On April 15, 1791, the Alexandria Masonic Lodge placed a small stone at the south corner at Jones Point in ceremonies attended by Ellicott, federal district commissioners Daniel Carroll and David Stuart, and other dignitaries. George Washington did not attend the ceremony, although he did visit the site the prior month. Newpapers around the country announced the story of the beginning of the new federal city. (In 1794, the ceremonial stone at Jones Point was replaced by a large stone, still in place today, with the inscription "The beginning of the Territory of Columbia" on one side.) source

Want to see this original one that the Masons erected, sorry you can't because "The stone was accidentally bulldozed and removed during the construction of the storefront in September 1952. A replica stone was created in 2015 but has not yet been placed." They do have a plaque though.

NE1.jpg


The center of these boundaries is the Mysterious Ellipse.
1200px-Aerial_view_of_White_House_and_the_Ellipse.jpg

It is marked by this underwhelming plaque. Makes you wonder what is underneath.

marker stone in middle of ellipse.jpg

The timeline of the Ellipse makes no sense:

The Army Corps of Engineers began work on the Ellipse in 1867. The park was landscaped in 1879, and American Elms were planted around the existing portion of roadway. In 1880, grading was begun and the Ellipse was created from what had been a common dump. In 1894, the Ellipse roadway was lit with electric lamps.

๐ŸSo they started work for 12 years, then landscaped. Then a year later, grading began on the dump!

The work was supervised by Lieutenant Colonel Thomas Lincoln Casey. One of the jobs he had to do was to grade and lay out Ellipse Park. Supposedly he didn't mess with the center of the ellipse as it was under other supervision for..... sewer work.

Photos of the boundary stones

๐Ÿ”ธ๐Ÿ”ธ๐Ÿ”ธ

And now you know about the boundary stones of the US... Or the boundary stones of the previous reset?

Plissken ๐Ÿ
 
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HulkSmash

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Nice work Plissken - my first thoughts while reading this were, it sure took a long time to make these surveys, obelisks, and ellipses. And then you have the city of San Francisco that went from a small village to a giant city in 20-30 years, with those same horse and carts. Right! It really is amazing how their own explanations of history just don't jive with each other. This is more excellent dot connecting detail of how our history is a lie.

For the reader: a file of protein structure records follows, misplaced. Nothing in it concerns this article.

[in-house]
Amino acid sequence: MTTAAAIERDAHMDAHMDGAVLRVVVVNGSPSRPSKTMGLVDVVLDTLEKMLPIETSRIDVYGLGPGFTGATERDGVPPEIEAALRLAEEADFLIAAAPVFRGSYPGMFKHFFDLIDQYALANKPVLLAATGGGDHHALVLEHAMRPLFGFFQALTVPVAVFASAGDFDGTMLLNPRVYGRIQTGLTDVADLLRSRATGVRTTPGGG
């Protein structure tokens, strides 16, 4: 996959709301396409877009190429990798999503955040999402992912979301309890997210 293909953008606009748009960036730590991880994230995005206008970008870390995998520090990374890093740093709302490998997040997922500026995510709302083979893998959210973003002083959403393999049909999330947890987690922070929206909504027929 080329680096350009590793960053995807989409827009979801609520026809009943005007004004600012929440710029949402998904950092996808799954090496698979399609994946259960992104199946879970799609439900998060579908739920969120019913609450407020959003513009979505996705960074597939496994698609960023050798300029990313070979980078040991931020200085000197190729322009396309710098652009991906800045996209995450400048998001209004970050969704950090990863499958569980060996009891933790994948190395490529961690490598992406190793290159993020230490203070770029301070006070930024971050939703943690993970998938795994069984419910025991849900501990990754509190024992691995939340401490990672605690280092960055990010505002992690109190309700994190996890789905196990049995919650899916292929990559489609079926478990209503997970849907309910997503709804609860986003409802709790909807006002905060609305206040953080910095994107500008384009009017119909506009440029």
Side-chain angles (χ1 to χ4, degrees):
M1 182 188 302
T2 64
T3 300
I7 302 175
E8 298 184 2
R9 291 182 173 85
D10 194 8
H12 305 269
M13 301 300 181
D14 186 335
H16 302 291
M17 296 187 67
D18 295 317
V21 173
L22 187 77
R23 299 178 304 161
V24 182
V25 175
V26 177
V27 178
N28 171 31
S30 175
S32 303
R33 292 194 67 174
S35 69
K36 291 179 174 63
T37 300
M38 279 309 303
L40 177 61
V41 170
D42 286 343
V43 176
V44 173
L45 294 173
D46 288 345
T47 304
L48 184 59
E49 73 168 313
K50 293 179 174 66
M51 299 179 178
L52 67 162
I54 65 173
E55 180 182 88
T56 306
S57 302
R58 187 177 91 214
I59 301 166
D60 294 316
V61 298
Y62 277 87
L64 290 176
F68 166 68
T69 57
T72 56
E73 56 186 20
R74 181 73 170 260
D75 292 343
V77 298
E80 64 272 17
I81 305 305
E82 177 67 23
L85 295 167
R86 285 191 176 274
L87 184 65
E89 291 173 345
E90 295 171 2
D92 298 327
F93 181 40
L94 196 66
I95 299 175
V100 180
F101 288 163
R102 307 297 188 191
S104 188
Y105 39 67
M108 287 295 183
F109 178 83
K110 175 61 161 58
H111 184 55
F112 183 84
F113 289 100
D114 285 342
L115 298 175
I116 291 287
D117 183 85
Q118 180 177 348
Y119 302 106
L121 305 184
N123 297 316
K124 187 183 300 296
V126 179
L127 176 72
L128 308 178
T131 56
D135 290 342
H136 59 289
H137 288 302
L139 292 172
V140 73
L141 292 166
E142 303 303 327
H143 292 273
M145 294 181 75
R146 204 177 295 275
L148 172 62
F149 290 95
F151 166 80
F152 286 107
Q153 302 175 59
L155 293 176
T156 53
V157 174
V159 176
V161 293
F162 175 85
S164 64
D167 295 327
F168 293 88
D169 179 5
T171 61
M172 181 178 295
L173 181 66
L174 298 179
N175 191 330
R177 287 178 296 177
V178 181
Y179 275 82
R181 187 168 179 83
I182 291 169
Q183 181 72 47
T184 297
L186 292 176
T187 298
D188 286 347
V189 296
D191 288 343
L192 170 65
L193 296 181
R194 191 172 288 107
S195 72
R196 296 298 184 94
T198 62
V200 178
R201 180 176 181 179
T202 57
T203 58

esgee1

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Plissken, thank you for putting all of this into a nice article with photos. I've always been fascinated with geography and the borders of countries. I watched an informative video about the border between Canada and the USA several years ago. Here it is:



The above video is part two of a three part series by CGP Grey titled: Bizarre Borders. Part one is about Countries inside Countries and part three is about Who Owns Antarctica?

Cheers!
 

mythstifieD

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Trump just needs to turn those into Tesla Coils ala Command and Conquer and he'll be set!
 

BStankman

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Wow, you would think a country focused on terrorism would have more secure borders.
There is literally no obstacle to Canada crossing the border and burning the white house - again.

If Canada was 1812 and Mexican American war was 1846, why were the original ones in the south so much older?
Were they originally Spanish/French or something even older than that.

These mason dixon crown stones are ridiculous.

20021


I am sure it is just another coincidence that the York Rite masons were in the north, and the French Spanish Jesuits d' IXXI were in the south.
20022
 
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Plissken

Plissken

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The Mason-Dixon line is crazy. Found a good article about it here. I always knew it was extended to separate the slave holding states entering the Union from the northern states but never really knew why the original one was built. Penn and the Dutch vs. the English Calverts.

Also the names of these guys makes me think they are made up. Charles Mason and Jeremiah Dixon were English but Dixon was a Quaker as well. Not much info or photos on them in the usual spots. Everytime you look up Charles Mason the interwebs directs you to Charles Manson.:rolleyes:

From Wiki: "It is possible that Dixon's name was the origin for the nickname Dixie used in reference to the U.S. Southern States, even though Dixon was actually affiliated with the Northern side of the line.[4]"

Seriously with the Masons vs. Dixie symbolizing the North vs. South back in 1763.

Thanks @Red Bird and @BStankman, I will be looking into these ones a little deeper.

Plissken ๐Ÿ
 

BrokenAgate

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Plissken said:
So they started work for 12 years, then landscaped. Then a year later, grading began on the dump!
Well, that's how these major projects are always conducted, right? "I'm tired of building this skyscraper, let's go work on the local landfill site. " :LOL: There are lots of timelines like this all through history, especially in the construction of castles and cathedrals. Like, they would start building something for several years or even decades, then stop for awhile, then resume construction. Something like this, the Westminster Cathedral:

After two false starts in 1867 (under architect Henry Clutton) and 1892 (architect Baron von Herstel), construction started in 1895 under Manning's successor, the third archbishop, Cardinal Vaughan, with John Francis Bentley as architect, and built in a style heavily influenced by Byzantine architecture.[6]
The cathedral opened in 1903...
Can this really be correct? Not sure how you can get a "false start" on something so huge and elaborate, that would have to be planned well in advance and require all sorts of precision measurements. I think, once again, as with the Ellipse, we are looking at something that was already in place and needed repairs and upgrades several times.

Anyway, these markers are curious. Are we seeing them being constructed, or merely repaired and/or replaced? For how long has the Slash been maintained? This article says that the border dates back to the 1783 Treaty of Paris, with a definitive border being plotted out starting in 1872. But aren't there maps much older than that, showing a country called Canada already existing? Were the borders different then?